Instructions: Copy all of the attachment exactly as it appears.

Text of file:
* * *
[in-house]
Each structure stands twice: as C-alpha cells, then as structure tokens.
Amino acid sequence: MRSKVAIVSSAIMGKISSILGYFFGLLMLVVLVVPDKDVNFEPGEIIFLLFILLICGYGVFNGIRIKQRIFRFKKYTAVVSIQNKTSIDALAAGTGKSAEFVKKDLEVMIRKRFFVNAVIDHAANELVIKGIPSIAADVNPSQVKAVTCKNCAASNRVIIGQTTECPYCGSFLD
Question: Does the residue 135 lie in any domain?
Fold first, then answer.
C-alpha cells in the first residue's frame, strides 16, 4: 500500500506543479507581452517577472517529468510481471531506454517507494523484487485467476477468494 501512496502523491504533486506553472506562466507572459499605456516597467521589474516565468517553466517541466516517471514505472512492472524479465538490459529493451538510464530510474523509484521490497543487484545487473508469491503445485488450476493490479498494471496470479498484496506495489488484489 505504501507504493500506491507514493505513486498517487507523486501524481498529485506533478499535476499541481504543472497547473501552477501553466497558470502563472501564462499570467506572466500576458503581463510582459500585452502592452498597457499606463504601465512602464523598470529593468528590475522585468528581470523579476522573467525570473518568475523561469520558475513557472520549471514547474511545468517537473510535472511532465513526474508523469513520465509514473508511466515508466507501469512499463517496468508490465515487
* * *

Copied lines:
[in-house]
Each structure stands twice: as C-alpha cells, then as structure tokens.
Amino acid sequence: MRSKVAIVSSAIMGKISSILGYFFGLLMLVVLVVPDKDVNFEPGEIIFLLFILLICGYGVFNGIRIKQRIFRFKKYTAVVSIQNKTSIDALAAGTGKSAEFVKKDLEVMIRKRFFVNAVIDHAANELVIKGIPSIAADVNPSQVKAVTCKNCAASNRVIIGQTTECPYCGSFLD
Question: Does the residue 135 lie in any domain?
Fold first, then answer.
C-alpha cells in the first residue's frame, strides 16, 4: 500500500506543479507581452517577472517529468510481471531506454517507494523484487485467476477468494 501512496502523491504533486506553472506562466507572459499605456516597467521589474516565468517553466517541466516517471514505472512492472524479465538490459529493451538510464530510474523509484521490497543487484545487473508469491503445485488450476493490479498494471496470479498484496506495489488484489 505504501507504493500506491507514493505513486498517487507523486501524481498529485506533478499535476499541481504543472497547473501552477501553466497558470502563472501564462499570467506572466500576458503581463510582459500585452502592452498597457499606463504601465512602464523598470529593468528590475522585468528581470523579476522573467525570473518568475523561469520558475513557472520549471514547474511545468517537473510535472511532465513526474508523469513520465509514473508511466515508466507501469512499463517496468508490465515487